DICHO: I don't mean to confuse you or mislead you. As you state, I am more than "Beck" and this is just a slice of me. She doesn't know "Beck" as you know "Beck" and that is my fault for keeping that side of me from her. As I divide myself or compartmentalize my life and keep sections or portions from her, she senses it. She sees and notes the confused allegences within my conflicted sides and knows I'm withdrawing from her even though parts of me want her more than anything else. Yes, it would be easy to open up and share her all that you see of "Beck", but what I really need to do is to let her into my life and make her welcomed, needed, wanted, comforted, assured that I still want and need her on this journey. Again, I'm sorry to confuse you. The dynamics are hard to filter into a blog comment. Thanks for your example of how to include your wife instead of exclude her.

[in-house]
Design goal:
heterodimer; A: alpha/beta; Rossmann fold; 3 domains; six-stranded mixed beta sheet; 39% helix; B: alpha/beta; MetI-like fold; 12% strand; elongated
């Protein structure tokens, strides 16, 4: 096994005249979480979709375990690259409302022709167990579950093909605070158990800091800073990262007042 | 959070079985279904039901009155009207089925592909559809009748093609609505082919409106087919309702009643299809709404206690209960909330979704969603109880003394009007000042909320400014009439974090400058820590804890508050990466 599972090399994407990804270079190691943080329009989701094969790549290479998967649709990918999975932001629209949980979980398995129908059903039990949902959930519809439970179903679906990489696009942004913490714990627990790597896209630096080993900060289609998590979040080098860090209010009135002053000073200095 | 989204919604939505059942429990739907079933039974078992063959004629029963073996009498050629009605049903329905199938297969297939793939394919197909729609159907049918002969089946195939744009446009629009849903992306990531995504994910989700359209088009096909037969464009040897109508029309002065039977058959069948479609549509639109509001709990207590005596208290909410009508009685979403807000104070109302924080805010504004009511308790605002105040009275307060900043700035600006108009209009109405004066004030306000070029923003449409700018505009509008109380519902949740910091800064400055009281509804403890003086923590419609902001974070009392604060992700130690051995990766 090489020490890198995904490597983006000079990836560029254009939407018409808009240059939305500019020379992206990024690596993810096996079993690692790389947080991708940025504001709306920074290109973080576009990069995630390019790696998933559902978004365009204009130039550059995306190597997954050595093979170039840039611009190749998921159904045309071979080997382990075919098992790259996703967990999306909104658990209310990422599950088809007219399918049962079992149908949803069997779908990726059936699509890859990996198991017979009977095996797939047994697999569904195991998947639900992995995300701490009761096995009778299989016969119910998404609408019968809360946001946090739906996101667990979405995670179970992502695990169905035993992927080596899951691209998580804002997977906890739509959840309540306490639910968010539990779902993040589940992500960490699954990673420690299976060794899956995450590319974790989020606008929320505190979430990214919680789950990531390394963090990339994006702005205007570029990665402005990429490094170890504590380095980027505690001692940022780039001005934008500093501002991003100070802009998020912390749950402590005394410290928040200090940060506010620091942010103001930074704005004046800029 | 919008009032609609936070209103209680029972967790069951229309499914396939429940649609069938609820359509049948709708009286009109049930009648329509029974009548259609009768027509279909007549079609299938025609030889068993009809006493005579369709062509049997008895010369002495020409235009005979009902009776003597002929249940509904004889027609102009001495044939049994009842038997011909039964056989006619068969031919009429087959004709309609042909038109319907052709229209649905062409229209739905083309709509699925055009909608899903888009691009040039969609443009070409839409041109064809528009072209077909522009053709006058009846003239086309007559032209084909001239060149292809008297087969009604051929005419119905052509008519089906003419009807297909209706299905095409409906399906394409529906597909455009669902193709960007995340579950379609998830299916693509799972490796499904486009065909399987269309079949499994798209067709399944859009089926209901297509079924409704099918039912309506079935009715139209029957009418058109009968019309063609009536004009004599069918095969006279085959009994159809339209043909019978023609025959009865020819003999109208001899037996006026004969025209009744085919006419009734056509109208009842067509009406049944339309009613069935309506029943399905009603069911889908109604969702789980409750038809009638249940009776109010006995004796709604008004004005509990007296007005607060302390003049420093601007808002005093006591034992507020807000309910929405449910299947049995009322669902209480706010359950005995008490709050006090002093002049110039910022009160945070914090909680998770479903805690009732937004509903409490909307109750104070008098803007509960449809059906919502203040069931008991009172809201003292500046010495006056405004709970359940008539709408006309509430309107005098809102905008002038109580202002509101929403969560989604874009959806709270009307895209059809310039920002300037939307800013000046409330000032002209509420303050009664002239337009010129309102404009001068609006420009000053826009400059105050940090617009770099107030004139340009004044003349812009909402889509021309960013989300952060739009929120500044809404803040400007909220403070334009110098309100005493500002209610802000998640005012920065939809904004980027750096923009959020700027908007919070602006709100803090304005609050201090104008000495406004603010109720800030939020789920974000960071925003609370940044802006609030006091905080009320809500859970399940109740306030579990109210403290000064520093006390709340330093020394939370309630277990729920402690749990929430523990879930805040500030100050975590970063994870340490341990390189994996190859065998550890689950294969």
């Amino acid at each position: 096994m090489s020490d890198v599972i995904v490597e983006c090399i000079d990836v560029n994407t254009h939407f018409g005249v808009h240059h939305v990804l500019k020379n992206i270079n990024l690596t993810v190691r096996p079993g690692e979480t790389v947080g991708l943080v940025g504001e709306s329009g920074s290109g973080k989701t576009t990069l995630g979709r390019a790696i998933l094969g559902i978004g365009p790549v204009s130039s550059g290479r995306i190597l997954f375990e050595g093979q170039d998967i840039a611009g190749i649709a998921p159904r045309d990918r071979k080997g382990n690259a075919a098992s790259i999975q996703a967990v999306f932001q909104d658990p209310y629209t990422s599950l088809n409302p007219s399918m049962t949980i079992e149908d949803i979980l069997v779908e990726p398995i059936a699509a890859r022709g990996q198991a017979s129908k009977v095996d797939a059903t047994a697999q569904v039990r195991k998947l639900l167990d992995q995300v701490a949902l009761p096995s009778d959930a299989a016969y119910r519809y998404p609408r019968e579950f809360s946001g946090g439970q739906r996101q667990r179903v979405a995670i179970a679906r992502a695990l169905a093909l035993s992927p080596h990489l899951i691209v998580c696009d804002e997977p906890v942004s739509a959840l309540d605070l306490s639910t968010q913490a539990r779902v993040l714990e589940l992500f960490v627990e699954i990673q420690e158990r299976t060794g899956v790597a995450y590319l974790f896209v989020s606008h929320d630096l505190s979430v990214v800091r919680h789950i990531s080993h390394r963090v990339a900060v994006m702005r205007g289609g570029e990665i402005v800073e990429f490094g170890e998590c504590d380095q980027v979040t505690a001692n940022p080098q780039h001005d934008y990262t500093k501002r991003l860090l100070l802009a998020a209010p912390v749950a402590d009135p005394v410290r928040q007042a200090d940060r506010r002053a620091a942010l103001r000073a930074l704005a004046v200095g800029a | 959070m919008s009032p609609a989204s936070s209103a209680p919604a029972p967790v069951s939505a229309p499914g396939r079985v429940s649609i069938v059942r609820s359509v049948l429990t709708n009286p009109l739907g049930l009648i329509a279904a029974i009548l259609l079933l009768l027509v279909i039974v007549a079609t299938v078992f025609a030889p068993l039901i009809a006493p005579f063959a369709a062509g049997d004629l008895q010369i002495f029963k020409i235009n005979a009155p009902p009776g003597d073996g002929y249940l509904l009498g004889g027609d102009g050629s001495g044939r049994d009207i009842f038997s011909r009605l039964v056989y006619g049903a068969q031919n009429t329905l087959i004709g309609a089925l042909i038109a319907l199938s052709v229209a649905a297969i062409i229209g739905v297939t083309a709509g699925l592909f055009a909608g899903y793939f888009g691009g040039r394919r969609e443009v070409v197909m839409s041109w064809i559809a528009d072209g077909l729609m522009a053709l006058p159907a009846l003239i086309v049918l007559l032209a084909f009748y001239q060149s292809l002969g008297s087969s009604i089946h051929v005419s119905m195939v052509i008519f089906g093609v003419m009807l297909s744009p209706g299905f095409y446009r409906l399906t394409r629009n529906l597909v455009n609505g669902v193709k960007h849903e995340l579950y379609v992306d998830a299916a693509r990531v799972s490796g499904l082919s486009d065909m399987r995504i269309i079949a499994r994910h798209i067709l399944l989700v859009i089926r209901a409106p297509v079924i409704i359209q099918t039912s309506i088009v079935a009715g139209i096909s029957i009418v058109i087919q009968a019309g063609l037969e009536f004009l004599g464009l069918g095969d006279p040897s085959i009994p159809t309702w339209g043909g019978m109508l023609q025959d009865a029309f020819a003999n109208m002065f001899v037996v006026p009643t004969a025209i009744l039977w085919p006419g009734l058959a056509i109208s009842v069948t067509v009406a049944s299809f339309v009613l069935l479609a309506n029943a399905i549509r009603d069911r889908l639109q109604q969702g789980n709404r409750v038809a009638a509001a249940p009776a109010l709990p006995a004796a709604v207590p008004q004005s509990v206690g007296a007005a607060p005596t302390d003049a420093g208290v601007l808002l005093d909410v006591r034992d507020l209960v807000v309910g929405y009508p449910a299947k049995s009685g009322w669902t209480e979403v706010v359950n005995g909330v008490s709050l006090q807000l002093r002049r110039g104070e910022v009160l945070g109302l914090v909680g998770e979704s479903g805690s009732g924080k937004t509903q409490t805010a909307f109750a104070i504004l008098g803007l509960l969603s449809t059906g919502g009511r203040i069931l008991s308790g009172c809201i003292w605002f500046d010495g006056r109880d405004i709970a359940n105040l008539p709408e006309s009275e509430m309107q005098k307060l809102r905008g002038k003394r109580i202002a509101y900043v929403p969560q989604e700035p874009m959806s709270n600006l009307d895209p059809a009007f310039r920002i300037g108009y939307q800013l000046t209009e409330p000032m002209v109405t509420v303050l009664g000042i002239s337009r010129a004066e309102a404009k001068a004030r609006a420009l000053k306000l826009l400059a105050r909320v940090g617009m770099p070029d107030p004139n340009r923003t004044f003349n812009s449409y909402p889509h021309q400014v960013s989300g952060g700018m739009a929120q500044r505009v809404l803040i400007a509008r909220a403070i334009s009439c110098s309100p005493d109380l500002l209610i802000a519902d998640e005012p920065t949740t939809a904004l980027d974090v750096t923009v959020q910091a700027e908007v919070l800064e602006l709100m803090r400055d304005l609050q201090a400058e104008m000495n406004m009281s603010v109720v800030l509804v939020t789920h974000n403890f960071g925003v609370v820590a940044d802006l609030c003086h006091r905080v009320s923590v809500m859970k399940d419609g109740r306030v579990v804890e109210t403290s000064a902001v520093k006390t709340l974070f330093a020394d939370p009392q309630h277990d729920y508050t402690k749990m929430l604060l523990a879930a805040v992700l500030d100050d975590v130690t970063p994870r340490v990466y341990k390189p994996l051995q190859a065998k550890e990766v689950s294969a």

MOHOH: Yes, my path has been clear and there is nothing new here. I don't mean to imply that I'm getting a boyfriend and going a separate way. The point is, when I desire or even crave such things, even subconsciously, I also pull away from her and the sense that I'm no longer wanting her comes through the unspoken words. No, my goals haven't changed, but the feelings and desires that flare at times do seem to put distance between us. Your advice to strengthen other aspects of our relationship, compromising on the intimacy, is something that we are both willing to accept. Counseling is still something we both are hestitant to accept but we may be coming closer to accepting the need for extra help.

DIP: Yes, everything is better with chocolate. We found a fudge factory on our trip and indulged. It was good and healing. Yes, there are blessings in this. Thanks for your prayers... and keep pushing me for openness and increased communication.